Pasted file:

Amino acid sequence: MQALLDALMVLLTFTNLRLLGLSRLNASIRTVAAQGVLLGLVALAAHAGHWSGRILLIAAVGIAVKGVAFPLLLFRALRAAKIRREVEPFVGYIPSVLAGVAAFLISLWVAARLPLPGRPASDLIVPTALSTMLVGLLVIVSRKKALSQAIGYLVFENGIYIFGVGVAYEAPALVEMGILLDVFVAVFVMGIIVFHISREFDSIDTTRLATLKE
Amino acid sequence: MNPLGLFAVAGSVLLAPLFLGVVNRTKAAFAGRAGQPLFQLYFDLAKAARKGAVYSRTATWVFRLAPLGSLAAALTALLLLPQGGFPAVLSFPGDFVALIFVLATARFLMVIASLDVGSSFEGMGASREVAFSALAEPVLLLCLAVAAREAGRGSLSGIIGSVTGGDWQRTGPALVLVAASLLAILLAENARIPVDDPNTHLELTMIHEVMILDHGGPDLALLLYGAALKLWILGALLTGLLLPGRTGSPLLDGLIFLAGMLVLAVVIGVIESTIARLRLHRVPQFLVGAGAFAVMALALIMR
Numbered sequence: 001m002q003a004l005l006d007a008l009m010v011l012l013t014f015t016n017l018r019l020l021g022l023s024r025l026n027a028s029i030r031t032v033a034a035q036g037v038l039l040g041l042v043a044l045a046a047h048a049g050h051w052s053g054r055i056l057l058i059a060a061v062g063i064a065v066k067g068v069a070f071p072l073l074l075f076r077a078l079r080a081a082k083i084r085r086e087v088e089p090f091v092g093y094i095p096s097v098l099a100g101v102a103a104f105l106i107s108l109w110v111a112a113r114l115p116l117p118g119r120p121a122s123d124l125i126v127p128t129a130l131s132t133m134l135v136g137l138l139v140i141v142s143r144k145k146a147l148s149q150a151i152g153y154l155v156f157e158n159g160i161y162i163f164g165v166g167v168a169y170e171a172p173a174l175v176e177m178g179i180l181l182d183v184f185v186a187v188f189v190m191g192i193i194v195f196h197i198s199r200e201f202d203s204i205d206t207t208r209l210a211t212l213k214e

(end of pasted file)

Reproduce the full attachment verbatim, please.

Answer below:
Amino acid sequence: MQALLDALMVLLTFTNLRLLGLSRLNASIRTVAAQGVLLGLVALAAHAGHWSGRILLIAAVGIAVKGVAFPLLLFRALRAAKIRREVEPFVGYIPSVLAGVAAFLISLWVAARLPLPGRPASDLIVPTALSTMLVGLLVIVSRKKALSQAIGYLVFENGIYIFGVGVAYEAPALVEMGILLDVFVAVFVMGIIVFHISREFDSIDTTRLATLKE
Amino acid sequence: MNPLGLFAVAGSVLLAPLFLGVVNRTKAAFAGRAGQPLFQLYFDLAKAARKGAVYSRTATWVFRLAPLGSLAAALTALLLLPQGGFPAVLSFPGDFVALIFVLATARFLMVIASLDVGSSFEGMGASREVAFSALAEPVLLLCLAVAAREAGRGSLSGIIGSVTGGDWQRTGPALVLVAASLLAILLAENARIPVDDPNTHLELTMIHEVMILDHGGPDLALLLYGAALKLWILGALLTGLLLPGRTGSPLLDGLIFLAGMLVLAVVIGVIESTIARLRLHRVPQFLVGAGAFAVMALALIMR
Numbered sequence: 001m002q003a004l005l006d007a008l009m010v011l012l013t014f015t016n017l018r019l020l021g022l023s024r025l026n027a028s029i030r031t032v033a034a035q036g037v038l039l040g041l042v043a044l045a046a047h048a049g050h051w052s053g054r055i056l057l058i059a060a061v062g063i064a065v066k067g068v069a070f071p072l073l074l075f076r077a078l079r080a081a082k083i084r085r086e087v088e089p090f091v092g093y094i095p096s097v098l099a100g101v102a103a104f105l106i107s108l109w110v111a112a113r114l115p116l117p118g119r120p121a122s123d124l125i126v127p128t129a130l131s132t133m134l135v136g137l138l139v140i141v142s143r144k145k146a147l148s149q150a151i152g153y154l155v156f157e158n159g160i161y162i163f164g165v166g167v168a169y170e171a172p173a174l175v176e177m178g179i180l181l182d183v184f185v186a187v188f189v190m191g192i193i194v195f196h197i198s199r200e201f202d203s204i205d206t207t208r209l210a211t212l213k214e